Substance abuse and misuse can be diagnosed by the addictive behaviors and patterns exhibited by the patient. Irritation, frustration, increase or decrease in appetite and unusually high energy levels. Individuals who have substance abuse issues can sometimes exhibit specific patterns, alternating between high levels of energy and lethargy or extreme happiness and plummeting depression.
Patterns that are associated with addictive behaviors are hard to break and it can take several years before the pattern is broken to the point where the craving for the substance is diminished. In some cases, the craving and desire for the “high” never goes away. Individuals who have fought drug addiction and survived must constantly remain aware of their sobriety.
Signs of Substance Abuse and Disorders Associated With It
Alcoholism is considered to be the most common of the abused substances. Many alcoholics can cover their abuse so well, that even their own family has no clue of the level of addiction. Over time, deteriorating health and their constant use of alcohol can betray their addiction. Individuals who suffer from alcoholism have been known to hide bottles in various places in their office and home. They may also choose to mix their alcohol with other beverages so that others do not know what or how much they are drinking.
Drug addiction is accompanied by many physical signs of abuse depending on the type of substance a person is addicted to. For example:
- Methamphetamine: Skin lesions, rotting teeth, unexplained weight loss, irritability and aggression are a few of the more common signs of meth abuse.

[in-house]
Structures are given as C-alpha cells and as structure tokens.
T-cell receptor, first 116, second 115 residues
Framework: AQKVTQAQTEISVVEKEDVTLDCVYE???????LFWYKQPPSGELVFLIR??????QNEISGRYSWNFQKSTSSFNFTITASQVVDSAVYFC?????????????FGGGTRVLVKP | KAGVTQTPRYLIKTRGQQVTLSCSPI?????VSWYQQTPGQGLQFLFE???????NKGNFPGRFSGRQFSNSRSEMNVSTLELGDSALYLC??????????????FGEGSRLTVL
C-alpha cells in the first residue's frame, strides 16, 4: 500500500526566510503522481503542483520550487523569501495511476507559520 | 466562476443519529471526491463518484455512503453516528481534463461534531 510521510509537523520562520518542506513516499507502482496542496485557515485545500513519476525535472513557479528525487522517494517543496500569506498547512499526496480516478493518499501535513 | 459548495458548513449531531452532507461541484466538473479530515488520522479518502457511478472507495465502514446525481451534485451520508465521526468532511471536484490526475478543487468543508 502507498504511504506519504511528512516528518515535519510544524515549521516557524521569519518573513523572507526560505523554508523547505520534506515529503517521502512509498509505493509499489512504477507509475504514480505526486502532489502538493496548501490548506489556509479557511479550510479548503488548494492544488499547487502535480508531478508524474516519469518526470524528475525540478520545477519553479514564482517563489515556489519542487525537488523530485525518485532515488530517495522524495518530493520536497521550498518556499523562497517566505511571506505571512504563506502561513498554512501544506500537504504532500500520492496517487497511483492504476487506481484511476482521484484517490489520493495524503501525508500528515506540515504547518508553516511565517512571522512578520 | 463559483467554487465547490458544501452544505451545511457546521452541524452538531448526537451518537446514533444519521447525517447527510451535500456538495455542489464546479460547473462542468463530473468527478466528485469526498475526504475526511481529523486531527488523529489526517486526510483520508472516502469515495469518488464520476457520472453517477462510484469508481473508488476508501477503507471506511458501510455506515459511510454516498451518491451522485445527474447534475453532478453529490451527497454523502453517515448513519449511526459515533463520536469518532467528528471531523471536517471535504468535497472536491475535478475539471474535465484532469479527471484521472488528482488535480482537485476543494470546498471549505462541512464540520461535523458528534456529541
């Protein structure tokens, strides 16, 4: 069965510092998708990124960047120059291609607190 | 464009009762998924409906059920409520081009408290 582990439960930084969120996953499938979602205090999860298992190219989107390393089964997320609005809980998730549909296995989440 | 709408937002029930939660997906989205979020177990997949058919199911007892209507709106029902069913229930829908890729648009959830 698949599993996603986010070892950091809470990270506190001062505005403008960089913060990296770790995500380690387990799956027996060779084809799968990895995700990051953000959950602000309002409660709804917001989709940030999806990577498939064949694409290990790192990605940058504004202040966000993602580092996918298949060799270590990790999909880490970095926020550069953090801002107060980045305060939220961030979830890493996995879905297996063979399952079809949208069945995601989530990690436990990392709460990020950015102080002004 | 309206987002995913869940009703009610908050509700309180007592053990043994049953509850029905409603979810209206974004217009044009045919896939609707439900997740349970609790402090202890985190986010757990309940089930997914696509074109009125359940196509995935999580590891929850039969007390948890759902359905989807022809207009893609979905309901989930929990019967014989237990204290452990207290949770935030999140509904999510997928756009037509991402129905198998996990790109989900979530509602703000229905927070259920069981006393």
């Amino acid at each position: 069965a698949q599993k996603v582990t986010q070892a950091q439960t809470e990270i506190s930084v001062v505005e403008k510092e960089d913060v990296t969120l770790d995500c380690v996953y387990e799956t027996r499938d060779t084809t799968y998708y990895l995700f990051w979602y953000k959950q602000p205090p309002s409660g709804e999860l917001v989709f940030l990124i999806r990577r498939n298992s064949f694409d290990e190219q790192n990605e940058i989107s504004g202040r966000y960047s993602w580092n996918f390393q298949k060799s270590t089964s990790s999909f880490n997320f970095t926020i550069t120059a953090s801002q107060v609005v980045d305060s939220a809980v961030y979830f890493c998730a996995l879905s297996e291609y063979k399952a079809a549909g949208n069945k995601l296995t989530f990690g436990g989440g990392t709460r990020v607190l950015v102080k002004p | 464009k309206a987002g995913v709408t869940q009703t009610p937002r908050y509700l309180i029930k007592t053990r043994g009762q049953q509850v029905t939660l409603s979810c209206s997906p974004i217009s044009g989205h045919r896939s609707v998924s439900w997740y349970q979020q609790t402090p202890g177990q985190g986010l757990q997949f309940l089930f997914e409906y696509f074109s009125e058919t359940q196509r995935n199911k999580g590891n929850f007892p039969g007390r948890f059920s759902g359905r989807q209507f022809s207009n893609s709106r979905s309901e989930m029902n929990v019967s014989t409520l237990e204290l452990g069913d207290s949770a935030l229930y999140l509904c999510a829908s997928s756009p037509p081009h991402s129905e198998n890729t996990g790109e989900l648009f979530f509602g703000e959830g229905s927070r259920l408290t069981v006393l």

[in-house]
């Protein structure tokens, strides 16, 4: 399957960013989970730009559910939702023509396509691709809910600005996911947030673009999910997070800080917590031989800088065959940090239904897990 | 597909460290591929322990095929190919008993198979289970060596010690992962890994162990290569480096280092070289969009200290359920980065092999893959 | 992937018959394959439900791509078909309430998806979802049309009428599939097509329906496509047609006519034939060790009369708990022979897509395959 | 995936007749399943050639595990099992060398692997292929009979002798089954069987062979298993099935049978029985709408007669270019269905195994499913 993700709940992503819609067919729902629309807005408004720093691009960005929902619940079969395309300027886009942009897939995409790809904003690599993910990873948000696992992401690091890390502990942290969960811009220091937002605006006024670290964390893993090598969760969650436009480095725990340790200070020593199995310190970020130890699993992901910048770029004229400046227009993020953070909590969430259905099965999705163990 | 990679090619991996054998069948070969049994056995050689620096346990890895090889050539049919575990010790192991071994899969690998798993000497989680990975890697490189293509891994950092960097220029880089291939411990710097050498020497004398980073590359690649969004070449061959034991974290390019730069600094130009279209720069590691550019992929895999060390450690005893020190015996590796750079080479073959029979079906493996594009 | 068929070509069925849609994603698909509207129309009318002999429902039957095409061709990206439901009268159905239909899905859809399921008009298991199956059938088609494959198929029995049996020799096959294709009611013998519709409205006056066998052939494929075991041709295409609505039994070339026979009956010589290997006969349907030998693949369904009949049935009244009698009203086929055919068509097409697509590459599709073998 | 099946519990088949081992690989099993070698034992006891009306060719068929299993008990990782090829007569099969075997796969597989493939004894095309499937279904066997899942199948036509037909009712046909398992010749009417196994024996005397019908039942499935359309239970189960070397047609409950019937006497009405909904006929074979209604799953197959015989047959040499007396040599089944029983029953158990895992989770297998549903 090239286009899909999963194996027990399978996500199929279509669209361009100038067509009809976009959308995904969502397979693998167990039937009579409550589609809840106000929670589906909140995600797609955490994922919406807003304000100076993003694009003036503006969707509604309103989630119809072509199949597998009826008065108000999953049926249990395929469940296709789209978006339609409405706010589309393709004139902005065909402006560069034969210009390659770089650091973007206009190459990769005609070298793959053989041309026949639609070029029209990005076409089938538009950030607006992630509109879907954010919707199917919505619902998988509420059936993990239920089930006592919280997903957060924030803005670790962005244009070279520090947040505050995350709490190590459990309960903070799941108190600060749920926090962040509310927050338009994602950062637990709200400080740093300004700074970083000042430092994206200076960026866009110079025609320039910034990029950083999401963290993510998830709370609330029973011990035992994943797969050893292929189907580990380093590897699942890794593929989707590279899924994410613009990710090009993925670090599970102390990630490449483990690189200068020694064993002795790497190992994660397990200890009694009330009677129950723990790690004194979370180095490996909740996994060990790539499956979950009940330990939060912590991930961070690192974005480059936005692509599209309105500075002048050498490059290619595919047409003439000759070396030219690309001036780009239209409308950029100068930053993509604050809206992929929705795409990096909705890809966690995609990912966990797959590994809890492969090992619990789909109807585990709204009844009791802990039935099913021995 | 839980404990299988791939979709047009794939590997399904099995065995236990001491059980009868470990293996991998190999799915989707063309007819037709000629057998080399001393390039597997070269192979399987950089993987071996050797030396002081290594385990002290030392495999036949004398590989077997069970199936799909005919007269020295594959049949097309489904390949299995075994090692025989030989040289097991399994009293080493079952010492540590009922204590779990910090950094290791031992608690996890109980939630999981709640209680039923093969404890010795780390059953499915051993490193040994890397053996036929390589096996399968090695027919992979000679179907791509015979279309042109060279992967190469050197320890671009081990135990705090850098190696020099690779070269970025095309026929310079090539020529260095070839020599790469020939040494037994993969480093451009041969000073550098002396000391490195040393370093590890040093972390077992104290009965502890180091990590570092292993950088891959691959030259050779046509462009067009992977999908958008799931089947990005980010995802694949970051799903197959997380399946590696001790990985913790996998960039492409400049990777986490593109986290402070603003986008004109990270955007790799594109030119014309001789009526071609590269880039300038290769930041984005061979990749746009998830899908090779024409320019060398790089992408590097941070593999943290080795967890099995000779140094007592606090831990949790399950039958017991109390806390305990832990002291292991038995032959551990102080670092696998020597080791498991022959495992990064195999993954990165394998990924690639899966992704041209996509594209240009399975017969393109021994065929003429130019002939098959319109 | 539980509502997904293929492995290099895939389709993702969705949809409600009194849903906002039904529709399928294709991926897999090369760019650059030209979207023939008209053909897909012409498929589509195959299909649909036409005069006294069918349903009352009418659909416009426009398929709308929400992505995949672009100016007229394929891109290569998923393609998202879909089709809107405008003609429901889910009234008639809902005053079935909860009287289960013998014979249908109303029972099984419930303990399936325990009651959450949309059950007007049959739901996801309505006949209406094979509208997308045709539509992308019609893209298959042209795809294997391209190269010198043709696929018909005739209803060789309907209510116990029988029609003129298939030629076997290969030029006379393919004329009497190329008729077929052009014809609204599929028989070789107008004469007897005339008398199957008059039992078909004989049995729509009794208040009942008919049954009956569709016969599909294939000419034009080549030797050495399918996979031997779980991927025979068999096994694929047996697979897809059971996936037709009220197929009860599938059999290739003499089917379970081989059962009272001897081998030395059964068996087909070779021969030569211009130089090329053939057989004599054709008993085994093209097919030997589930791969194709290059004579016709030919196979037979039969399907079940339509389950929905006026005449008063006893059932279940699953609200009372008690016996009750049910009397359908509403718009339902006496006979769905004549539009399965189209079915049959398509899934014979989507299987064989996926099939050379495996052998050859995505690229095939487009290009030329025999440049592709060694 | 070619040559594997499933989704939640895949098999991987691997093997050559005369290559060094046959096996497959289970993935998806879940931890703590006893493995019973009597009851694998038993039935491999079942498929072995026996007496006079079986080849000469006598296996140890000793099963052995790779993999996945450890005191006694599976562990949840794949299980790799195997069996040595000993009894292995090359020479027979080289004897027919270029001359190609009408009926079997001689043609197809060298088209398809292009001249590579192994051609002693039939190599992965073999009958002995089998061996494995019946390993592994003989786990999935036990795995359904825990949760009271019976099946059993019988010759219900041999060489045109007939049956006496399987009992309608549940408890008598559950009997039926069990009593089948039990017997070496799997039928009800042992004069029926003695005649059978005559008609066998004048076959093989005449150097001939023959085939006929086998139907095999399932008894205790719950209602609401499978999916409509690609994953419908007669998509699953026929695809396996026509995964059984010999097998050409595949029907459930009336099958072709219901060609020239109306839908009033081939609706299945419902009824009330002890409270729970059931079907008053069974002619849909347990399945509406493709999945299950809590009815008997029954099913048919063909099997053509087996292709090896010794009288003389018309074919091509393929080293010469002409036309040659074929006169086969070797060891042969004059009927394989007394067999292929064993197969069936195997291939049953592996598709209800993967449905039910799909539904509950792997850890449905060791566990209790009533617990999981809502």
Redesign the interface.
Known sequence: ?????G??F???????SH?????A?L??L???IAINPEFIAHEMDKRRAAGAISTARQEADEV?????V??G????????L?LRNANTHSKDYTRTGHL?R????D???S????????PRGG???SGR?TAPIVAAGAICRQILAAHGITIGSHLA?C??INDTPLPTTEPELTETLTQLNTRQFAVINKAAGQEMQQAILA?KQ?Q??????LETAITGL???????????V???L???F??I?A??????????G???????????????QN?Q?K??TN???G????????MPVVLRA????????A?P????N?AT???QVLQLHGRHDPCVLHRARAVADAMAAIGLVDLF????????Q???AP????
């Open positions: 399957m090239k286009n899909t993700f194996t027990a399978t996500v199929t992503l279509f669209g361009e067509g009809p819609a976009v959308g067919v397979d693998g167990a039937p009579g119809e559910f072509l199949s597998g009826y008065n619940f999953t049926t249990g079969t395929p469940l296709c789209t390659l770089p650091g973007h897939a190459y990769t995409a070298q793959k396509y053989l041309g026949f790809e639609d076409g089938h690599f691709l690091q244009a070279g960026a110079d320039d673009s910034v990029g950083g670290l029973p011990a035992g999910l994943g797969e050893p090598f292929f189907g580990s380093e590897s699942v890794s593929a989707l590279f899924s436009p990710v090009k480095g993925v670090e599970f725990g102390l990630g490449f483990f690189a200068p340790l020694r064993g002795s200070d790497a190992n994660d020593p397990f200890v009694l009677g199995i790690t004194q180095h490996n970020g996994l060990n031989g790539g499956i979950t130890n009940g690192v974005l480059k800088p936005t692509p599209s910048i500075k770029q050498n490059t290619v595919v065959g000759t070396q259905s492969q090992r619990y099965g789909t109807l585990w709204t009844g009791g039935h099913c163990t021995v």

- Cocaine: Hyperactivity followed by periods of lethargy, reddened skin around the nose and mouth, agitation and irritability are associated with cocaine abuse.
- Heroin: Along with the signs associated with cocaine abuse, heroin users also have “track marks” located in areas where they often inject the drug.
- Marijuana: Slow speech, drooping eyelids and slight confusion are common with marijuana smokers. It must be noted, however, that not all marijuana users exhibit these signs. Those who use medicinal marijuana can exhibit few, if any, symptoms at all.
An individual who noticeably changes in derogatory ways, may be the victim of drug abuse. While that is not always the case, it is often their outward appearance that gives friends and family members the idea that something is amiss. A person who is normally well kept and takes pride in their appearance, may be abusing drugs if they begin to lose that pride in how they look.
The need for the drug begins to consume their thoughts and taking the time to dress nicely or apply makeup takes away from the time they spend either looking for the drug or enjoying their high. The cost of their habit may increase to the point where they can no longer afford nice clothes, make up or beauty care products. As the addiction increases, they will spend less time on their physical care causing them to appear disheveled and unkempt.